The regulators’ strategy seemed based in part on the likelihood that the Pfizer-BioNTech’s three-dose trial would prove successful. Several experts, including Dr. Yvonne Maldonado, a Stanford professor of pediatric infectious diseases, said the history of vaccines suggested that a third dose would, in fact, enhance the immune response.
“There’s almost no conceivable hypothesis where a third dose would be worse,” said Dr. Maldonado, a lead investigator at the Stanford site of Pfizer-BioNTech’s pediatric vaccine trials. “At worst it could be no different. So it might just be that two doses is the best you’re going to get.”
Dr. H. Cody Meissner, another member of the F.D.A. advisory committee and chief of the pediatric infectious diseases division at Tufts Children’s Hospital, said he was open minded about the F.D.A.’s approach. But he said he worried about whether rare side effects might be missed in small-scale trials. The Pfizer-BioNTech trial included about 1,200 children younger than 2, and about 1,500 between 2 and 4, according to people familiar with the study’s design.
If the F.D.A. moves ahead with authorization, a separate advisory panel to the Centers for Disease Control and Prevention will vote on whether to support the action. Dr. Rochelle Walensky, the agency’s director, will then decide whether the C.D.C. should recommend the shots as government policy.
The public deliberations of the regulatory agencies’ expert committees could influence uptake of the vaccine, underscoring the importance of a clear and open discussion of what the data shows. If the shots are authorized, families may still proceed with caution. Three in 10 parents of children younger than 5 now say they intend to get their children vaccinated against the coronavirus as soon as shots become available for that age group, according to a survey published Tuesday by the Kaiser Family Foundation.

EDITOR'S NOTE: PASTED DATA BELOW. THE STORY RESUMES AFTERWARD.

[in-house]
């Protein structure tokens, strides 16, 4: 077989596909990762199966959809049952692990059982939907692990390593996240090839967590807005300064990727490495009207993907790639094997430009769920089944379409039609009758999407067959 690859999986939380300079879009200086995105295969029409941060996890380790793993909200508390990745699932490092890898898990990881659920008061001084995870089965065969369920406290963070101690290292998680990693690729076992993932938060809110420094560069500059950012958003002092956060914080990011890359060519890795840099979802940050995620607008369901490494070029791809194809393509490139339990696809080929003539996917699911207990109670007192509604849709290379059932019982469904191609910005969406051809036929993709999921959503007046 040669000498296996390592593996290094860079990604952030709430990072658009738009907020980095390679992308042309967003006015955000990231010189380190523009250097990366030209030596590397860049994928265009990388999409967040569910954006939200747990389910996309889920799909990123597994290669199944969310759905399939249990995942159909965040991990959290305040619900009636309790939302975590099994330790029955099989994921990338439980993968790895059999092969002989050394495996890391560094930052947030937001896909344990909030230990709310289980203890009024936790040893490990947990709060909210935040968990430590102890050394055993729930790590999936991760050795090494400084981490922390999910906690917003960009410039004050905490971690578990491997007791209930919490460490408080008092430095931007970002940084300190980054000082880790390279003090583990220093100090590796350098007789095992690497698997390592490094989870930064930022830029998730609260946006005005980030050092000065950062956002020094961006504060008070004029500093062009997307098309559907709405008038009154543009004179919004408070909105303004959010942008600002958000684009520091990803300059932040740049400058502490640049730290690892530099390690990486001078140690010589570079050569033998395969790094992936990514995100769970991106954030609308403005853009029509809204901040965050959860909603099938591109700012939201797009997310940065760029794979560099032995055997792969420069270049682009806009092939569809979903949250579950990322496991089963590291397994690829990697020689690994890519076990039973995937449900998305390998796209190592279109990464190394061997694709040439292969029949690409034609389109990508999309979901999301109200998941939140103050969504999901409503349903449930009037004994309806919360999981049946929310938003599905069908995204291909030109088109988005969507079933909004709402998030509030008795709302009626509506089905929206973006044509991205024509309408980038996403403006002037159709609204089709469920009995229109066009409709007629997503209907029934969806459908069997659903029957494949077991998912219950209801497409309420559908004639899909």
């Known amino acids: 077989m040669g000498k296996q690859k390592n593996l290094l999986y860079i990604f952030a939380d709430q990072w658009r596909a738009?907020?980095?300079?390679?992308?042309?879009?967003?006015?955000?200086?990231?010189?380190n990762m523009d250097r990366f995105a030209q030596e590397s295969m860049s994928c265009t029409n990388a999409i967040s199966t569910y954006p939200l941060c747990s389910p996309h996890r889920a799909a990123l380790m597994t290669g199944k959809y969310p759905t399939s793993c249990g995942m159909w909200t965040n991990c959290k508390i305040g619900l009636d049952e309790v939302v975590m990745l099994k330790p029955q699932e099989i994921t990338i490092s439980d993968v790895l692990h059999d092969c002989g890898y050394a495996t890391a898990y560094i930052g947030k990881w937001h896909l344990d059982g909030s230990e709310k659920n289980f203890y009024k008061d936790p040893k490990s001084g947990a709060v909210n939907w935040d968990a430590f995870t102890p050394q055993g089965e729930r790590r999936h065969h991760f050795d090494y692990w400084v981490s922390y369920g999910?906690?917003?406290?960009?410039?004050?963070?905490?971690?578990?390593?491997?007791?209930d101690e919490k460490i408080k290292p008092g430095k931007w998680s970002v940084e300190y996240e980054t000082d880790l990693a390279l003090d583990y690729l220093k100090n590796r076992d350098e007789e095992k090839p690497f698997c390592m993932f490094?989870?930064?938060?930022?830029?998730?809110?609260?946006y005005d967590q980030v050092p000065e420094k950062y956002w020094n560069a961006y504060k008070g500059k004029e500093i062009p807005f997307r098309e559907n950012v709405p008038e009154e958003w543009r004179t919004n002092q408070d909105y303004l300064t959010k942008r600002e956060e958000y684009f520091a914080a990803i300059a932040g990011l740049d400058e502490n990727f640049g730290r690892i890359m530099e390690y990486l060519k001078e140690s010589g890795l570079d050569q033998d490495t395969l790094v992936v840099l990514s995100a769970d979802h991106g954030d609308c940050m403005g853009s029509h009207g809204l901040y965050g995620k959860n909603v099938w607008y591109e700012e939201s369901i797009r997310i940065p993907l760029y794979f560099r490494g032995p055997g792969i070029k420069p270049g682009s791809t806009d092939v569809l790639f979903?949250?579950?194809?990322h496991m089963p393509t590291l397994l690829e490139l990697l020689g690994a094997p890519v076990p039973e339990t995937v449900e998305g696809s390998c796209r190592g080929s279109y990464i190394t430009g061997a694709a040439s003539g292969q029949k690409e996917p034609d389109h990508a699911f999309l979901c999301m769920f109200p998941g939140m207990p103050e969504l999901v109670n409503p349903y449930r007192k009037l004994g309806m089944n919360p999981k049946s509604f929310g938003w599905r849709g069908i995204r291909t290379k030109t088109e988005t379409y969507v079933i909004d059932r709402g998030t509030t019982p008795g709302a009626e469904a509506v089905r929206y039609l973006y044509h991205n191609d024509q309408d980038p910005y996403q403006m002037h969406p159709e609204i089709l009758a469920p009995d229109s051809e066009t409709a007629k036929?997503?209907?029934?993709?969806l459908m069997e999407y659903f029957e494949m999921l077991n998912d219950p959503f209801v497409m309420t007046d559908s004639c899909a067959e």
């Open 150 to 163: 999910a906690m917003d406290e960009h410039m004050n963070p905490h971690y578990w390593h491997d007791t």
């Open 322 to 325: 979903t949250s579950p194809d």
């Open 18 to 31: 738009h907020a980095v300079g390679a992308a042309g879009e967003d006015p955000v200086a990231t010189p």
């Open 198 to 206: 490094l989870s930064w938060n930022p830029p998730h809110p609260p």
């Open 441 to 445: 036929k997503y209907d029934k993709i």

In meetings about the plan, government officials argued that an unorthodox approach was necessary. Dr. Marks, who oversees the F.D.A.’s vaccine division, said in a statement on Tuesday: “The need for a safe and effective vaccine for our youngest children is significant, particularly given the rapid spread of the Omicron variant, the notable rise in the number of hospitalizations in young children with severe disease and the possibility that future variants could cause severe disease in those who are unvaccinated.”
Dr. Maldonado, the Stanford professor, said that even a more modestly effective vaccine for young children could be valuable in this phase of the pandemic. On the other hand, with the Omicron wave peaking in many parts of the country, regulators might face more criticism that they are unnecessarily rushing the process at a time when children might be less at risk of infection.
The rate at which children under 5 were admitted to hospitals with Covid-19 began rising around mid-December, then peaked in early January, according to C.D.C. data. But as of Jan. 22, the weekly data still showed that more than seven in 100,000 children in that age group were admitted to hospitals — more than three times the rate of hospital admissions for children and teenagers ages 5 to 17.
Dr. Moira Szilagyi, the president of the American Academy of Pediatrics, said in a statement on Tuesday that she was encouraged that “we may be one step closer” to shots for the youngest children.
Last month, “we reported the highest number of Covid-19 cases among children since the pandemic’s onset. More than 3.5 million new cases in children were reported January 2022 alone,” she said. She urged “a transparent and data-driven process” in handling Pfizer’s request.
The C.D.C. released research in late December that showed very few reports of serious problems among children 5 to 11 who had received Pfizer-BioNTech shots.
But the pace of vaccination for America’s 28 million children in that age group has been even slower than public health experts had feared. Only about 30 percent of children in that age group have received at least one dose, according to C.D.C. data.
One study released by the C.D.C. of hundreds of pediatric hospitalizations in six cities last summer found that nearly all of the children who became seriously ill had not been fully vaccinated.
Apoorva Mandavilli contributed reporting. Kitty Bennett contributed research.